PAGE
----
Date of Degree

6-2014

Document Type

Thesis

Degree Name

M.A.

Program

Middle Eastern Studies

Advisor(s)

Elizabeth Macaulay-Lewis

Simon Davis

Subject Categories

History of Art, Architecture, and Archaeology | Water Resource Management

Abstract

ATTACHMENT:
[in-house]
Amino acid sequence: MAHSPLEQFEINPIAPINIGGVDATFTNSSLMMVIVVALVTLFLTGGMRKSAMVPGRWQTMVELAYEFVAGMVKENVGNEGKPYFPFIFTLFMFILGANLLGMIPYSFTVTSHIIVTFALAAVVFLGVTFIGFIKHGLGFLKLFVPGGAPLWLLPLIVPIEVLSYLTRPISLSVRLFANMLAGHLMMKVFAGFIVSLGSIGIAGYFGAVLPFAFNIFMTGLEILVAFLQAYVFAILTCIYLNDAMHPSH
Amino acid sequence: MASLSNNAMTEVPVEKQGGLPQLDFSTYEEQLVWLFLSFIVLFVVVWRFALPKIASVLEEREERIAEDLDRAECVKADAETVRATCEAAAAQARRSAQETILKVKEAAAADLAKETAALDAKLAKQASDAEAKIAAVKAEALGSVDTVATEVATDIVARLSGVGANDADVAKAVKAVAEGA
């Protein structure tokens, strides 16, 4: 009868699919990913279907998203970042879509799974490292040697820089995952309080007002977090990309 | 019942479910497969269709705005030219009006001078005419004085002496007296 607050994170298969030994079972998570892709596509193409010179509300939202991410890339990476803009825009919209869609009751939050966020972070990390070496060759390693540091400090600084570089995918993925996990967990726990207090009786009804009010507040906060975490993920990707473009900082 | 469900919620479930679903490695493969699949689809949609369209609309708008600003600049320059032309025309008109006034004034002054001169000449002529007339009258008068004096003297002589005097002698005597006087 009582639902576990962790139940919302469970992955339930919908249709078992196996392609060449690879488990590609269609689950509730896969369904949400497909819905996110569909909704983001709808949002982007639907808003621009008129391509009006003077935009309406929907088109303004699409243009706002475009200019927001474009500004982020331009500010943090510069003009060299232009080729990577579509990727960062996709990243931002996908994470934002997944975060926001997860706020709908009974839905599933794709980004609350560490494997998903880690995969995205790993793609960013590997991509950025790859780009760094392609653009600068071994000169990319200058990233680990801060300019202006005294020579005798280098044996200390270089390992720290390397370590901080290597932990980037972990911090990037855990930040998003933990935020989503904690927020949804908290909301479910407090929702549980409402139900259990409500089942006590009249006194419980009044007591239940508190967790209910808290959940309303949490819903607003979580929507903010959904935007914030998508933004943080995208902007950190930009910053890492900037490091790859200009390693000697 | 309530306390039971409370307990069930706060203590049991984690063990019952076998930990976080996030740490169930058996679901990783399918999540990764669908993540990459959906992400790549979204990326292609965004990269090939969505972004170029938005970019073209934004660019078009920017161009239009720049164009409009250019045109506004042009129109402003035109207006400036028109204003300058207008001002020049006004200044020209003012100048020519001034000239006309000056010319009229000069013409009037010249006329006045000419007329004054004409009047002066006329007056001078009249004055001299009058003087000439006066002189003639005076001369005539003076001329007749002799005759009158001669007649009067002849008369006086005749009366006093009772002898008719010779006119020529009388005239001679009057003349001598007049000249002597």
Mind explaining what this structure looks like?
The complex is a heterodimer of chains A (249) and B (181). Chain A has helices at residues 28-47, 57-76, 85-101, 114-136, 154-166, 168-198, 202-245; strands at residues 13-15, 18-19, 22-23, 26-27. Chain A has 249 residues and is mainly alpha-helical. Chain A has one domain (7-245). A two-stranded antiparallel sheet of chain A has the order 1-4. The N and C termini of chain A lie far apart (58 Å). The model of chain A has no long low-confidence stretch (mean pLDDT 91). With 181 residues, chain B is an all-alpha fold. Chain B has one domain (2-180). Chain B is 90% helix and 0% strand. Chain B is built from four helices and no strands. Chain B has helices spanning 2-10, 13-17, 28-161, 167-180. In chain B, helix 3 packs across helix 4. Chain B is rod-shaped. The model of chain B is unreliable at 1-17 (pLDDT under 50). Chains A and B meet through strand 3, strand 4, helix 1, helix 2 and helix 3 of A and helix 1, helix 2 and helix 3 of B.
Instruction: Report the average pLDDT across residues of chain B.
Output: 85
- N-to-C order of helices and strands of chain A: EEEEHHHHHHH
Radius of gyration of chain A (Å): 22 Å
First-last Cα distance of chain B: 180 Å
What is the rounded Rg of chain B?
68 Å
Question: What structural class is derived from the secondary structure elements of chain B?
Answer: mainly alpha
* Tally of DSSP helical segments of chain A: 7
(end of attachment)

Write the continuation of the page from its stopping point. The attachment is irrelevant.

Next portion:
This paper evaluates the rise of Nabataean Petra, its prominence, and eventual decline. The predominant context is effective water management as a pivotal driving factor in the growth of the Nabataean kingdom, which fostered an environment in which its famous incense trade could develop. Rising incense demand was the catalyst for growth from the first century BC through the first century AD; in AD 106 when Rome annexed the Nabataean kingdom, Petra began its gradual decline. In AD 363 an earthquake destroyed much of the city, and Petra did not return to its earlier prominence. From the outset, water played a vital role in cementing Petra's position economically and politically, and later ornamental uses of water legitimized the kingdom and its rulers to its population and rivals.

 
 

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